“It’s taxing,” says Rob Leary, Minor League Field and Catching Coordinator for the Cleveland Indians. “The physical part is one part of it. But if you’re a catcher that’s really attempting to run the game, call the game and work with the pitchers properly, night in and night out, the mental side is as strenuous, or maybe even more strenuous, than the physical.”
And running the game is, when it comes right down to it, the catcher’s main job. Every position player is expected to hit, but for most catchers, hitting comes secondary to defense and game planning. Last season, for example, 56 major leaguers hit .280 or better and only three of them (Yadier Molina, .305; Alex Avila, .295; Miguel Montero, .282) were catchers. And of the 64 players to hit 20 or more home runs, only three (Carlos Santana, 27; Brian McCann, 24; Matt Wieters, 22) made their living behind the plate.
There is just so much more to the job description. Catchers must scout opposing hitters, watching video and pouring over statistics in order to formulate a plan for each game. Every series requires a new plan for a new opponent, and adjustments are made from game to game depending on what happened the night before. All of this in addition to getting time in the batting cage to hone their hitting stroke.
“I’ll get to the field early enough to where I can go in the cage and hit, and do all my scouting reports,” says Suzuki, a career .258 hitter. “I take a lot of time scouting. You’re looking at video, looking at charts, looking at stats. I get there early enough to where I do all that, and still have enough time to go in the cage and get my hacks in.”
Once the game begins, the job is not done. A catcher must adjust his plan depending on how his pitcher is throwing that day. Sometimes a pitcher’s best ammunition might not be working, alternatives are necessary, and a catcher must improvise to get his hurler as deep into the game as possible.
“It’s very similar (to playing quarterback) because the quarterback is in charge of the huddle,” says Leary. “And even though the pitcher has the last say because the ball is in his hand, the catcher is there to guide him.”
And when things go awry and the pitcher begins to lose his composure, the catcher must coax him back into the game mentally. Sometimes it takes a pat on the back, sometimes it takes some tough love, but when it comes to pitchers, it’s not one-size-fits-all.
Bochy remembers once heading to the mound to confer with veteran right-hander Goose Gossage, a future Hall-of-Famer closer and gruff intimidator on the mound. Gossage wasn’t exactly welcoming to visitors on his mound, and dismissed his catcher with a curt “OK, I got it.”
“Everybody is different,” says Bochy. “You have to go out there with one guy and give him the business, the next guy you may have to support, to give him some confidence. So everyone is different and you have to understand that.”
‘THOSE GUYS DON’T JUST DROP OUT OF THE SKY’
With so much on the catcher’s plate, you would think that attention, acclaim and money would come with it. But by and large catchers don’t get much attention unless they also happen to be great hitters, regardless of how well they play defense, handle pitchers and call games. Among all Major League Baseball players, only relief pitchers ($1.95 million) are paid less on average than catchers, who make just more than $2.5 million a season.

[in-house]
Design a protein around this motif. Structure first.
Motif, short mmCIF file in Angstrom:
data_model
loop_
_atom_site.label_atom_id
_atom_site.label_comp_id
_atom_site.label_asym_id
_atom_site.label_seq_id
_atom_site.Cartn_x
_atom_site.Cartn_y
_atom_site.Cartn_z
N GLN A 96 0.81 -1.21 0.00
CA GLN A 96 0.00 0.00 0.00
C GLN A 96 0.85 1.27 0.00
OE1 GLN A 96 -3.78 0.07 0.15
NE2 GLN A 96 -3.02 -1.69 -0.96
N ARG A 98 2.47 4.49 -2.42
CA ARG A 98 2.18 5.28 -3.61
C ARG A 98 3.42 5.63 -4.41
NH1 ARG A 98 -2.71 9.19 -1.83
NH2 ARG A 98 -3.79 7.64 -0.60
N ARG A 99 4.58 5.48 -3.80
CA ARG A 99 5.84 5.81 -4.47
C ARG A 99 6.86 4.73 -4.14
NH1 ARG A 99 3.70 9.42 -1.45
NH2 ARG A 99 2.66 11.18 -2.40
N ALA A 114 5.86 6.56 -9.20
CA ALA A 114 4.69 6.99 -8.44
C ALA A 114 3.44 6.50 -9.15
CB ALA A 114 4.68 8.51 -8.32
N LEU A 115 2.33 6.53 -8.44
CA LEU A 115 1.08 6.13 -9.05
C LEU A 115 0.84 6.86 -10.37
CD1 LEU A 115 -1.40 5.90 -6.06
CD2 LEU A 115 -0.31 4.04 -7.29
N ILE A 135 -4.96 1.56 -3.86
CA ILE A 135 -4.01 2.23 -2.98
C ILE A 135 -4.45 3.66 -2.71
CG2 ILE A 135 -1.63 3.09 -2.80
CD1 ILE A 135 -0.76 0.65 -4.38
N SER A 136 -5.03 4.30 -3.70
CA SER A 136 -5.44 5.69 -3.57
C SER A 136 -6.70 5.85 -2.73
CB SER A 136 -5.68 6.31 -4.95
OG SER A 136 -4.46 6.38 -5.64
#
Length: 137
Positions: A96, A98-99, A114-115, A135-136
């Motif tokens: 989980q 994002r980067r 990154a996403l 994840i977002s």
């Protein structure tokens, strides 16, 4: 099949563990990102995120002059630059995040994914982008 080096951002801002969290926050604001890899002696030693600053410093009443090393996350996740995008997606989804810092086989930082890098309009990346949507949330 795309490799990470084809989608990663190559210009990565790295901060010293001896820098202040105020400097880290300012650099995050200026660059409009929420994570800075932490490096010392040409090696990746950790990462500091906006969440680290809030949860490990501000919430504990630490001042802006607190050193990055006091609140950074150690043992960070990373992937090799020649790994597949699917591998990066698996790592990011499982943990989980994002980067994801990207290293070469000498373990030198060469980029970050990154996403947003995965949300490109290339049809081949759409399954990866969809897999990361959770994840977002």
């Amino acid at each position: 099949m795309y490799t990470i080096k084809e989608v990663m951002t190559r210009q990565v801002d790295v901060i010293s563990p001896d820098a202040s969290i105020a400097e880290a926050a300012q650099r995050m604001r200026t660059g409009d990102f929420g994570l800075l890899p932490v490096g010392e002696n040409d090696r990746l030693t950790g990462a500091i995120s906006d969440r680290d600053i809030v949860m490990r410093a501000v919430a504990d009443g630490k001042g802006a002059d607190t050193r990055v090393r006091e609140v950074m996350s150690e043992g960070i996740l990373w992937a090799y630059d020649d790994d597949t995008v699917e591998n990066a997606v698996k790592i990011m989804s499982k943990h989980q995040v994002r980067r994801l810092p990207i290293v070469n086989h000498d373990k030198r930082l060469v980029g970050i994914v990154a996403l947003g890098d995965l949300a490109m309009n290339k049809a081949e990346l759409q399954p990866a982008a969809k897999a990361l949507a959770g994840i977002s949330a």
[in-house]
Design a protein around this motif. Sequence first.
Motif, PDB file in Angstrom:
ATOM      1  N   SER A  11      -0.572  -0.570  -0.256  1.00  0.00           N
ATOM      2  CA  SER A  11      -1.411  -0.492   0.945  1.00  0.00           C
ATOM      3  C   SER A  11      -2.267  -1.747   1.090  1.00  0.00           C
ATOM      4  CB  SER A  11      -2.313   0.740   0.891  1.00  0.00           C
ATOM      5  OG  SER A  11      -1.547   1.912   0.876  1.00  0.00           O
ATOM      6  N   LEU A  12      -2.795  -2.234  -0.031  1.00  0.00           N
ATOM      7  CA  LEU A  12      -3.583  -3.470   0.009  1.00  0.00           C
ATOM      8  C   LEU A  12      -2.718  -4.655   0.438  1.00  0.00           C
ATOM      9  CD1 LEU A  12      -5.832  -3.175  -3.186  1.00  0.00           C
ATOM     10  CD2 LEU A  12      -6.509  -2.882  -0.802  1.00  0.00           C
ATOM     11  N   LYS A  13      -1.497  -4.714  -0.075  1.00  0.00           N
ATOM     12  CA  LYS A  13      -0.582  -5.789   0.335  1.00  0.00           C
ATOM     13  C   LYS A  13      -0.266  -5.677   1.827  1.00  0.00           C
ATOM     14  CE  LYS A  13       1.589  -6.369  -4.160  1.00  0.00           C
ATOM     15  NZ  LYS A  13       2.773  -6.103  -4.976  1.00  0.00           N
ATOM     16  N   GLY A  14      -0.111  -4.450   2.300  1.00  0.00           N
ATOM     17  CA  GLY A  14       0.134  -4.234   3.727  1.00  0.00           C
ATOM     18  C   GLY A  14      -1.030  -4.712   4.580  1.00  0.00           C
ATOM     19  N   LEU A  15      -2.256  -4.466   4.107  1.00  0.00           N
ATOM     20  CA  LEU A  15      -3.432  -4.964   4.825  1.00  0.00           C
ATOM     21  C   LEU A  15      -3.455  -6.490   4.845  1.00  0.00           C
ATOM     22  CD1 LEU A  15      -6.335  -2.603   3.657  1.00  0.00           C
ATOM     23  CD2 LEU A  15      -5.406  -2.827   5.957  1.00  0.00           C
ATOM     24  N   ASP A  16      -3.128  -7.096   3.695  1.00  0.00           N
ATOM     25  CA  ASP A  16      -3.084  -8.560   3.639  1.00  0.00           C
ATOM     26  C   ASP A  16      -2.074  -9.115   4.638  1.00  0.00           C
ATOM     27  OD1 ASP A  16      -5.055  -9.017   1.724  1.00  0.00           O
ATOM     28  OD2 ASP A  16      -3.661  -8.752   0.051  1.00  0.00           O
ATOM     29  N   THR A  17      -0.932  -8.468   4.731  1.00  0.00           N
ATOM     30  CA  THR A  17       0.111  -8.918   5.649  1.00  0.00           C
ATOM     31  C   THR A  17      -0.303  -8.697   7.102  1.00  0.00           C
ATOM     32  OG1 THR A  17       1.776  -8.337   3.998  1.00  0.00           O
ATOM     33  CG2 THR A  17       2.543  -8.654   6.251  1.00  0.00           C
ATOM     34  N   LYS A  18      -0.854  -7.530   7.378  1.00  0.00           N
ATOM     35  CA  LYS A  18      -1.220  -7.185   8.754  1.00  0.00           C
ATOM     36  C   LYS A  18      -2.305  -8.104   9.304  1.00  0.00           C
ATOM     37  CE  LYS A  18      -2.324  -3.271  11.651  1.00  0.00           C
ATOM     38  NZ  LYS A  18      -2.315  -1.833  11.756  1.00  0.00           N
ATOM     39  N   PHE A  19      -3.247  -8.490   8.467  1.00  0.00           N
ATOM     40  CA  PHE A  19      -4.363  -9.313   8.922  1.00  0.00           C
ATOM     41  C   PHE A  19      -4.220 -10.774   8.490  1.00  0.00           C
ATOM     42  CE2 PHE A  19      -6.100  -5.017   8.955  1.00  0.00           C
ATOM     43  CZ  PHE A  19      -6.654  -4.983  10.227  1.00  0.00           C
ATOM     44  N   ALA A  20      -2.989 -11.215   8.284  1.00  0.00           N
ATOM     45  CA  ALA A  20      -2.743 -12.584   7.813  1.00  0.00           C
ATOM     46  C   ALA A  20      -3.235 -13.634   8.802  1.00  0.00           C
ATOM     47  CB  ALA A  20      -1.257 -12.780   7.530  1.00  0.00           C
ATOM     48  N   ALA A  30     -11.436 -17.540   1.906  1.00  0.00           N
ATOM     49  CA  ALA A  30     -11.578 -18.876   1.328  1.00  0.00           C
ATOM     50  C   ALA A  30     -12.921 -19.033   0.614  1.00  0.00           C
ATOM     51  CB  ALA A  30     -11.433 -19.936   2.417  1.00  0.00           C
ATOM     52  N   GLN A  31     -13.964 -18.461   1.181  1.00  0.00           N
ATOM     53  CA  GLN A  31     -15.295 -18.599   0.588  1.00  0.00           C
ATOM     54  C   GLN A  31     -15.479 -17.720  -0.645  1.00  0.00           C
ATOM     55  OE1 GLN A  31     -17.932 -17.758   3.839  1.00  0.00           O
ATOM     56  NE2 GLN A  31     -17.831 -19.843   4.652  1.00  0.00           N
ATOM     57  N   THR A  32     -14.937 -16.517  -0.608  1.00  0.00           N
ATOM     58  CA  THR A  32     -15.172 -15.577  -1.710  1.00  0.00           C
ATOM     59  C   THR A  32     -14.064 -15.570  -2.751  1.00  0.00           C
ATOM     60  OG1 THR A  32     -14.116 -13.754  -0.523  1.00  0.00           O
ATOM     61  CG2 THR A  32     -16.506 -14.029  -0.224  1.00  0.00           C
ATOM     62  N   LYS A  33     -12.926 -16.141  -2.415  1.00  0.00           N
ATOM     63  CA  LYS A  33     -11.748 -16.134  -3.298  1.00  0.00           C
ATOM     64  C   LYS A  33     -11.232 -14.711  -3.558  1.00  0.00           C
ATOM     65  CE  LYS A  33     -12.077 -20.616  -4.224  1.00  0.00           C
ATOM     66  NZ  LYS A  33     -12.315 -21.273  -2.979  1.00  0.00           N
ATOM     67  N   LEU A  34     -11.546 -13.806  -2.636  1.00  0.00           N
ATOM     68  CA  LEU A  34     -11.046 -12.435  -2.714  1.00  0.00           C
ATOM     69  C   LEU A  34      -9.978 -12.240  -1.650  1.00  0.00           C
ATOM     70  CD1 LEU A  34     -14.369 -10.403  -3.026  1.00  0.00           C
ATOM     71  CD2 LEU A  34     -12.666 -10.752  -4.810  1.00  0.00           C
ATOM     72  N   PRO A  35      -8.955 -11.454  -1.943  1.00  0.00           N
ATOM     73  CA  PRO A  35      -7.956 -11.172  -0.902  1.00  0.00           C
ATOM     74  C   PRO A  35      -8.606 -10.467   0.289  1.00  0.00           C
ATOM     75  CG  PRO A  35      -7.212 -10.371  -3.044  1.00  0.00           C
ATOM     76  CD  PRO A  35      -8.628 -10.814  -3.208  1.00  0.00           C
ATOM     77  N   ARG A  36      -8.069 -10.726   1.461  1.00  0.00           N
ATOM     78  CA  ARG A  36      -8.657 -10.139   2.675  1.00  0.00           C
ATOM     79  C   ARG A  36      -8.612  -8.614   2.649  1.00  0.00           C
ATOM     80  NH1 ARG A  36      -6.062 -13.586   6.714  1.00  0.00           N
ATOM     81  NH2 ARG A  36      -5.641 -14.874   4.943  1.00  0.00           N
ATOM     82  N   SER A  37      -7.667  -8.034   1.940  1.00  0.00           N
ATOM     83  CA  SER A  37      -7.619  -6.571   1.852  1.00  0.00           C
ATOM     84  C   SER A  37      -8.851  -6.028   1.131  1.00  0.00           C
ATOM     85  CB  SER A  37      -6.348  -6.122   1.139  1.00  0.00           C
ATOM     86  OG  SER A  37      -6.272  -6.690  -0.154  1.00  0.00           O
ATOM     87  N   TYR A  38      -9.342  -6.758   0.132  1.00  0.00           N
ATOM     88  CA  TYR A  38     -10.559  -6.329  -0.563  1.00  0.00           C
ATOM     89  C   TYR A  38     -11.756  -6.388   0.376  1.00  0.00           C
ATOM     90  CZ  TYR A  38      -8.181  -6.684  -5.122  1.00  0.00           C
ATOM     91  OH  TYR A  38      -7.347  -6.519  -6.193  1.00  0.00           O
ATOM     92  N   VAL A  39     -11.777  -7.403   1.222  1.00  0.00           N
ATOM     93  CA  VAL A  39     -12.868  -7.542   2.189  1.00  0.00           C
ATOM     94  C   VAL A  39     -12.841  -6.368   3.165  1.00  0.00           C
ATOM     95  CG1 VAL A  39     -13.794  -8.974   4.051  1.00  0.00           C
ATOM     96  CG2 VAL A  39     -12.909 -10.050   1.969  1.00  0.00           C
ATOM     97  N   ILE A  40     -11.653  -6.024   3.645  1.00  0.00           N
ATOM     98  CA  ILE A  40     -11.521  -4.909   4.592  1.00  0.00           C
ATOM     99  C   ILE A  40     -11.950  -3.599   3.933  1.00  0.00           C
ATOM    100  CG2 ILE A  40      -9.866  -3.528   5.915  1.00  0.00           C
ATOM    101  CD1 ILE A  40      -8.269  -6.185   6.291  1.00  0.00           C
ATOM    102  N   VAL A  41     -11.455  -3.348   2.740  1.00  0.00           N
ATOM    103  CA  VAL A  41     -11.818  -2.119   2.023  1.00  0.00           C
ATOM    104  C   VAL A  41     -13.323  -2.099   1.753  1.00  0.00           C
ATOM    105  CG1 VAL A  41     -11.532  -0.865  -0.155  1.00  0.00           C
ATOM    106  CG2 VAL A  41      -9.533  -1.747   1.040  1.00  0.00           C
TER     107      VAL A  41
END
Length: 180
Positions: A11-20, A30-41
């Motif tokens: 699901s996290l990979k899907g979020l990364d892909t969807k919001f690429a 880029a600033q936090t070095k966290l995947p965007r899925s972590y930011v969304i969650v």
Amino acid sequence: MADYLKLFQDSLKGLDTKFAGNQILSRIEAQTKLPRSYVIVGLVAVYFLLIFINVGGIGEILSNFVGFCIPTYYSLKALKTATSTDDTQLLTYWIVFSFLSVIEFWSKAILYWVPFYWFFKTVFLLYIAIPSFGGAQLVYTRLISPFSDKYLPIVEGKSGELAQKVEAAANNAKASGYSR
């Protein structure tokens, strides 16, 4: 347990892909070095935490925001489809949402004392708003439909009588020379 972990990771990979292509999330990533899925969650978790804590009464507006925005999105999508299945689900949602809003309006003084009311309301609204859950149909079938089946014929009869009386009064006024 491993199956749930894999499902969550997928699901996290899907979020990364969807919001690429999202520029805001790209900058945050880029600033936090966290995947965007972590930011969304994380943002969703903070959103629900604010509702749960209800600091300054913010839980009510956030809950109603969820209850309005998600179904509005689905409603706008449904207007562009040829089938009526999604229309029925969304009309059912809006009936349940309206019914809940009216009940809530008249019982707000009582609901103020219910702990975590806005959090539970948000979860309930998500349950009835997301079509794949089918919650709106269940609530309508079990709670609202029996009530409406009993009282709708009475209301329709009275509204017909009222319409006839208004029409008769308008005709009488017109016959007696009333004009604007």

Designated hitters, who only appear four or five times per game when they lumber to the plate for an at-bat, make a whopping $9.32 million per year, followed by first basemen ($8.89 million), outfielders ($5.62 million), second basemen ($5.22 million), third basemen ($5.18 million), starting pitchers ($4.88 million) and shortstops ($3.90 million).
This tells you something about baseball’s value system: It pays to hit, not to catch.
One reason for the pay disparity is that good hitting catchers are often moved to less taxing positions to save wear and tear on their bodies. Players who are able to take the pounding and continue to be elite hitters are rare. Joe Mauer of the Minnesota Twins was just such a rarity. But Mauer, a career .323 hitter and the only catcher in baseball history to win three batting titles, has also seen his share of injuries, playing only 82 games in 2011 — 52 of them behind the plate.
The lessons of Mauer and Posey have made teams wary of losing a great hitter to a catching-related injury. Leary understands this, and is charged with teaching proper defensive techniques to Cleveland Indians catchers — including their own young slugging phenom Carlos Santana, who missed nearly half of the 2010 season to a frightening knee injury — to help reduce injury risk.
“Those guys don’t just drop out of the sky,” says Leary. “So when a Carlos Santana loses half a season, when a Buster Posey misses a whole season with a really nasty injury, you’re talking about a guy that’s in the middle of your batting order. Those are huge, huge losses for a team.”
But what about the average catchers, the non-elite hitters? With all that they do on a daily basis, are they undervalued? Suzuki doesn’t think so, saying that hitting is “just what organizations lean towards. It’s hard to find a guy who can hit .300 with 35-40 homers you know? I think those guys are a little bit higher on the priority list.”
But maybe it’s time to appreciate the craft a little bit more, and realize that hitting is only a small portion of what a catcher handles on a daily basis.
“We’re the hardest workers of anybody on the field,” says Olivo. “One little mistake we make, and the game is over. One bad (pitch) call, you don’t block the ball with a man on third, or you make a bad throw. Little things.
“People need to realize that and give more credit to the catcher.”